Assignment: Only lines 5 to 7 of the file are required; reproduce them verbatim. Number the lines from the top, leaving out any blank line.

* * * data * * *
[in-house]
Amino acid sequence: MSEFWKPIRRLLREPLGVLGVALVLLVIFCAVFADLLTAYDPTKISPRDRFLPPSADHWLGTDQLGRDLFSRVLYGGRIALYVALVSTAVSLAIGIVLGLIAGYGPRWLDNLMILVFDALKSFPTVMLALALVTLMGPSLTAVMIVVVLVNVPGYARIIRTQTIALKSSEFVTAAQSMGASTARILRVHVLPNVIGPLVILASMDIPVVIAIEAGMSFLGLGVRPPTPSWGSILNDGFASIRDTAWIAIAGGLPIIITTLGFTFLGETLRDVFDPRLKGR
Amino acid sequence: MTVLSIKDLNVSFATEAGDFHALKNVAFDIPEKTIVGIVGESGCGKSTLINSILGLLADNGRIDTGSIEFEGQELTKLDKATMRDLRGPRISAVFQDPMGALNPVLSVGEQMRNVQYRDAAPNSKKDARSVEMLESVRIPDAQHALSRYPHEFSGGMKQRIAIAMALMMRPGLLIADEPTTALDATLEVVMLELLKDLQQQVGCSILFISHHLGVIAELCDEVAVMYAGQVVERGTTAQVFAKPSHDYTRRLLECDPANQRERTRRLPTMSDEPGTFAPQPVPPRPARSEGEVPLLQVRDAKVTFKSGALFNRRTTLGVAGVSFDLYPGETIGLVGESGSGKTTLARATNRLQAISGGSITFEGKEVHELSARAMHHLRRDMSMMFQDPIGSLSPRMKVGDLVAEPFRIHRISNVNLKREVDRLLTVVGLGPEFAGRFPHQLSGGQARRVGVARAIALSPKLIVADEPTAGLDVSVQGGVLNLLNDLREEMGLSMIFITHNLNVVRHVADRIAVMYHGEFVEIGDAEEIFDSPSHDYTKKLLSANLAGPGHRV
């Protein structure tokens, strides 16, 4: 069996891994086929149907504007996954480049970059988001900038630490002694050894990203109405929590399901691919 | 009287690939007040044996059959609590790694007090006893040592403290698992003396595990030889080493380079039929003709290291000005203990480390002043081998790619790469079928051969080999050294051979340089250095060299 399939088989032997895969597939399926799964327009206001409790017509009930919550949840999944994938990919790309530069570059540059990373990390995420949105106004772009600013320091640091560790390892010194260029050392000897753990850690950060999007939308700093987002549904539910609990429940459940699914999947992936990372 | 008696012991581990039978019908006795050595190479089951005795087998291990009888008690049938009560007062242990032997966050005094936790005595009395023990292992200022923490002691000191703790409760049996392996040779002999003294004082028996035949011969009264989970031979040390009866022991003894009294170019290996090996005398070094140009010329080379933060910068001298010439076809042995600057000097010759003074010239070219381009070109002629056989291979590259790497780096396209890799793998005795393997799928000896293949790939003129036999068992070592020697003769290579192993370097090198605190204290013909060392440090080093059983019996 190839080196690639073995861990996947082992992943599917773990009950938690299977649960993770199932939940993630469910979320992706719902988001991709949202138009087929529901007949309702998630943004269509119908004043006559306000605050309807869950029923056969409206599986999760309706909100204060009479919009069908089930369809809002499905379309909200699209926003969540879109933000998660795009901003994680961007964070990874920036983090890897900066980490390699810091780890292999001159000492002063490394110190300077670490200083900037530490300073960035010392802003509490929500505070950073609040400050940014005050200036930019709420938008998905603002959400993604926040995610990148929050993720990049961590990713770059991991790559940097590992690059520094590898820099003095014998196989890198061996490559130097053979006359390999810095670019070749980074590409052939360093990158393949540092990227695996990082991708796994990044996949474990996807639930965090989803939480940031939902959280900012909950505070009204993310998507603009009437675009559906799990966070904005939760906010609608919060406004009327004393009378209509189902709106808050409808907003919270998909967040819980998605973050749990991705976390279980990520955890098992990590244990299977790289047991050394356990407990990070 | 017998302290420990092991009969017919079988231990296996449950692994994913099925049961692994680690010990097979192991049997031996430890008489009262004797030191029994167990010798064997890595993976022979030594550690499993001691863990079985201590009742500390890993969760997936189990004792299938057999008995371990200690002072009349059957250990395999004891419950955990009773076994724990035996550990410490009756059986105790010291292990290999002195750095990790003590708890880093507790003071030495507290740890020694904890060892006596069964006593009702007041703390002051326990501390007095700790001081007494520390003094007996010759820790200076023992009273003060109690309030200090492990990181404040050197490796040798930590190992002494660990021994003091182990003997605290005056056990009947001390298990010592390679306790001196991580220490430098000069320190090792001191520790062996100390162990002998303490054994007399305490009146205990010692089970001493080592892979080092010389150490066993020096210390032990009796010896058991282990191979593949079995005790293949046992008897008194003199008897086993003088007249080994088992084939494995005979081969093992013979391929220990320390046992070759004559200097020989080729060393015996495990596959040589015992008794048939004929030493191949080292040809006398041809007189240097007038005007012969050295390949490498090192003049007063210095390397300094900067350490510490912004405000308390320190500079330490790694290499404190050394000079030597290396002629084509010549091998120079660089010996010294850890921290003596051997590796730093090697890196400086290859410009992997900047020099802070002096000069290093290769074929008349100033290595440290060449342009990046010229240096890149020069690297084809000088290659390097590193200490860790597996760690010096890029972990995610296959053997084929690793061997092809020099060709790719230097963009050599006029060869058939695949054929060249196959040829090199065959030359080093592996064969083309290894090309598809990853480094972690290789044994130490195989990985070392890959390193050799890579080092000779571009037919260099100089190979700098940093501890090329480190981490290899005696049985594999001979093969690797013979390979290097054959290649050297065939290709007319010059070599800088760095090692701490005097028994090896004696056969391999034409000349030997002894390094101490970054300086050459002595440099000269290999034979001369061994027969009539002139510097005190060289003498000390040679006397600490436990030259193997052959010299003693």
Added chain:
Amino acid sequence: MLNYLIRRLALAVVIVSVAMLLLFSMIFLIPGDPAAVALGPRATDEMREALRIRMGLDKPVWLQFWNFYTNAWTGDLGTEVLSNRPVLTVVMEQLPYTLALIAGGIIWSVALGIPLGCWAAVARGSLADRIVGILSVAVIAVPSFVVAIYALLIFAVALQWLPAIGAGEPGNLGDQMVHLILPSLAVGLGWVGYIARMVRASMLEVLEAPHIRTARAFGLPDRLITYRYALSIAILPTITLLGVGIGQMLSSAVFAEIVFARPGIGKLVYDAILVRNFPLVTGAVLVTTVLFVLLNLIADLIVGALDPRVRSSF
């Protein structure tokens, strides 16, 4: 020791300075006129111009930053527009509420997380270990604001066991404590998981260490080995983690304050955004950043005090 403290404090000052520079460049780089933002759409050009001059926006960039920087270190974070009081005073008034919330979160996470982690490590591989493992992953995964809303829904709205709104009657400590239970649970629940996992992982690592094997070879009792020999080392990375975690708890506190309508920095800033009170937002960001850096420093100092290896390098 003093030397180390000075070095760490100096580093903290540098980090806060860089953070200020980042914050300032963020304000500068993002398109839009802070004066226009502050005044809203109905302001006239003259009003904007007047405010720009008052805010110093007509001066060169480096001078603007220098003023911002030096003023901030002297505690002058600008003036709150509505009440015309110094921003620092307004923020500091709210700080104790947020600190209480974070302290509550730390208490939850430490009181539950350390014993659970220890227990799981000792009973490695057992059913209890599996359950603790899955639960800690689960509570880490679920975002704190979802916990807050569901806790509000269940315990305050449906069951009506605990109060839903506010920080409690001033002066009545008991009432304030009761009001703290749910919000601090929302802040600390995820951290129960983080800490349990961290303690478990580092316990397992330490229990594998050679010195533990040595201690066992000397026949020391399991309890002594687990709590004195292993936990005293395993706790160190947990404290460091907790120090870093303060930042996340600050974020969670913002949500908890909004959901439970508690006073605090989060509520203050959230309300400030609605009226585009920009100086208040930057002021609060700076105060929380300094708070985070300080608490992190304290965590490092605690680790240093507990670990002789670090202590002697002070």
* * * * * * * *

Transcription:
Added chain:
Amino acid sequence: MLNYLIRRLALAVVIVSVAMLLLFSMIFLIPGDPAAVALGPRATDEMREALRIRMGLDKPVWLQFWNFYTNAWTGDLGTEVLSNRPVLTVVMEQLPYTLALIAGGIIWSVALGIPLGCWAAVARGSLADRIVGILSVAVIAVPSFVVAIYALLIFAVALQWLPAIGAGEPGNLGDQMVHLILPSLAVGLGWVGYIARMVRASMLEVLEAPHIRTARAFGLPDRLITYRYALSIAILPTITLLGVGIGQMLSSAVFAEIVFARPGIGKLVYDAILVRNFPLVTGAVLVTTVLFVLLNLIADLIVGALDPRVRSSF
């Protein structure tokens, strides 16, 4: 020791300075006129111009930053527009509420997380270990604001066991404590998981260490080995983690304050955004950043005090 403290404090000052520079460049780089933002759409050009001059926006960039920087270190974070009081005073008034919330979160996470982690490590591989493992992953995964809303829904709205709104009657400590239970649970629940996992992982690592094997070879009792020999080392990375975690708890506190309508920095800033009170937002960001850096420093100092290896390098 003093030397180390000075070095760490100096580093903290540098980090806060860089953070200020980042914050300032963020304000500068993002398109839009802070004066226009502050005044809203109905302001006239003259009003904007007047405010720009008052805010110093007509001066060169480096001078603007220098003023911002030096003023901030002297505690002058600008003036709150509505009440015309110094921003620092307004923020500091709210700080104790947020600190209480974070302290509550730390208490939850430490009181539950350390014993659970220890227990799981000792009973490695057992059913209890599996359950603790899955639960800690689960509570880490679920975002704190979802916990807050569901806790509000269940315990305050449906069951009506605990109060839903506010920080409690001033002066009545008991009432304030009761009001703290749910919000601090929302802040600390995820951290129960983080800490349990961290303690478990580092316990397992330490229990594998050679010195533990040595201690066992000397026949020391399991309890002594687990709590004195292993936990005293395993706790160190947990404290460091907790120090870093303060930042996340600050974020969670913002949500908890909004959901439970508690006073605090989060509520203050959230309300400030609605009226585009920009100086208040930057002021609060700076105060929380300094708070985070300080608490992190304290965590490092605690680790240093507990670990002789670090202590002697002070």